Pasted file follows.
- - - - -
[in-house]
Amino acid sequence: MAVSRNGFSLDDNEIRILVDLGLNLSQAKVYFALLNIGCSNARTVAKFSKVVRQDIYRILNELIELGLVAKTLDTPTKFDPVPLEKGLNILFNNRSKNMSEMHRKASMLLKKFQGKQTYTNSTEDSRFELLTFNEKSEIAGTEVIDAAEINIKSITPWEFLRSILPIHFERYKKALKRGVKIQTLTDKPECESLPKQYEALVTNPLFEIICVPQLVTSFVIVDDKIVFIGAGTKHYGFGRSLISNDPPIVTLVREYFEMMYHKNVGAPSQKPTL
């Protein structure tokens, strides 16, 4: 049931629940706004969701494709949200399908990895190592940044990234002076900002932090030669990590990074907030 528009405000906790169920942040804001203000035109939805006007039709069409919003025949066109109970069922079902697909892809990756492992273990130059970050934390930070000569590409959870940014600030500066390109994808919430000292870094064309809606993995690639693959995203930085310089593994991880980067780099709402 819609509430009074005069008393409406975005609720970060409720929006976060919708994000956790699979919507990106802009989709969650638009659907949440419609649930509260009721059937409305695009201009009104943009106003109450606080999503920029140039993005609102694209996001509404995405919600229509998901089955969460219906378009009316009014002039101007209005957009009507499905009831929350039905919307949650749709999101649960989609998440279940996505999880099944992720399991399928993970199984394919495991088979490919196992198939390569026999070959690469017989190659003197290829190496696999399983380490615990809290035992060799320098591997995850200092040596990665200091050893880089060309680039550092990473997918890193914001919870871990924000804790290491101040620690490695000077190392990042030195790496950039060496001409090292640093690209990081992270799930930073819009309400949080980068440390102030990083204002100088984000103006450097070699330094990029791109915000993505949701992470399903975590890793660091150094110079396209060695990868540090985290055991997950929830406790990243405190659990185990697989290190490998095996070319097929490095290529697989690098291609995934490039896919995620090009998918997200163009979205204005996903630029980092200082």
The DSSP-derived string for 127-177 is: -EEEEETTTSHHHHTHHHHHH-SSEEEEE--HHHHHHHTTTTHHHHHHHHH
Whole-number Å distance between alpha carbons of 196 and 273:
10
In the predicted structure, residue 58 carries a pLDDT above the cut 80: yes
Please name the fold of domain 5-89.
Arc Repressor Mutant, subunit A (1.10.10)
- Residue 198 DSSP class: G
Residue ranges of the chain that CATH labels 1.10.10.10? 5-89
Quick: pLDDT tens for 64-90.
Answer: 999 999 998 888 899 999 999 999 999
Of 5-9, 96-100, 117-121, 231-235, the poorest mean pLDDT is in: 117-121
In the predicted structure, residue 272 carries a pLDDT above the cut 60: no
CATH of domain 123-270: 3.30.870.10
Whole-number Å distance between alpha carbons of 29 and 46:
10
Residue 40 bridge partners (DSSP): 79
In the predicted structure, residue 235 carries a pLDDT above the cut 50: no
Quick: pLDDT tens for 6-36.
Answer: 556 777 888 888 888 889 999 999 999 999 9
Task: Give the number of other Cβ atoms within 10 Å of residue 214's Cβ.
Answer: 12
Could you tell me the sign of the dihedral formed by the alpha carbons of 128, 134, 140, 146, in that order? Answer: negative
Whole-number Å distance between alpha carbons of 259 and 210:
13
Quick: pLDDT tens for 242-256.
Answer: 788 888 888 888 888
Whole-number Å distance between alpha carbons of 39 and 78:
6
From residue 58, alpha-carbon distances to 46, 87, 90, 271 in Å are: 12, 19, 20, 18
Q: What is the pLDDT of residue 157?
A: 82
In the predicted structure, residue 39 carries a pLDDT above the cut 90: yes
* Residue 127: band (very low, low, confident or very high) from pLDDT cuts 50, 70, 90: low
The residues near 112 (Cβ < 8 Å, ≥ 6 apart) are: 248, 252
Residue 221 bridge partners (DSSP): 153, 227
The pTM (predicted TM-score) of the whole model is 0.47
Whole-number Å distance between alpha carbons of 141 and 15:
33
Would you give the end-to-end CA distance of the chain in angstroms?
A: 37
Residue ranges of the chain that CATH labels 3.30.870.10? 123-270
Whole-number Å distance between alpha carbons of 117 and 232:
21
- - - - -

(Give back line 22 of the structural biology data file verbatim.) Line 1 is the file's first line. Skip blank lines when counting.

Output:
Answer: 556 777 888 888 888 889 999 999 999 999 9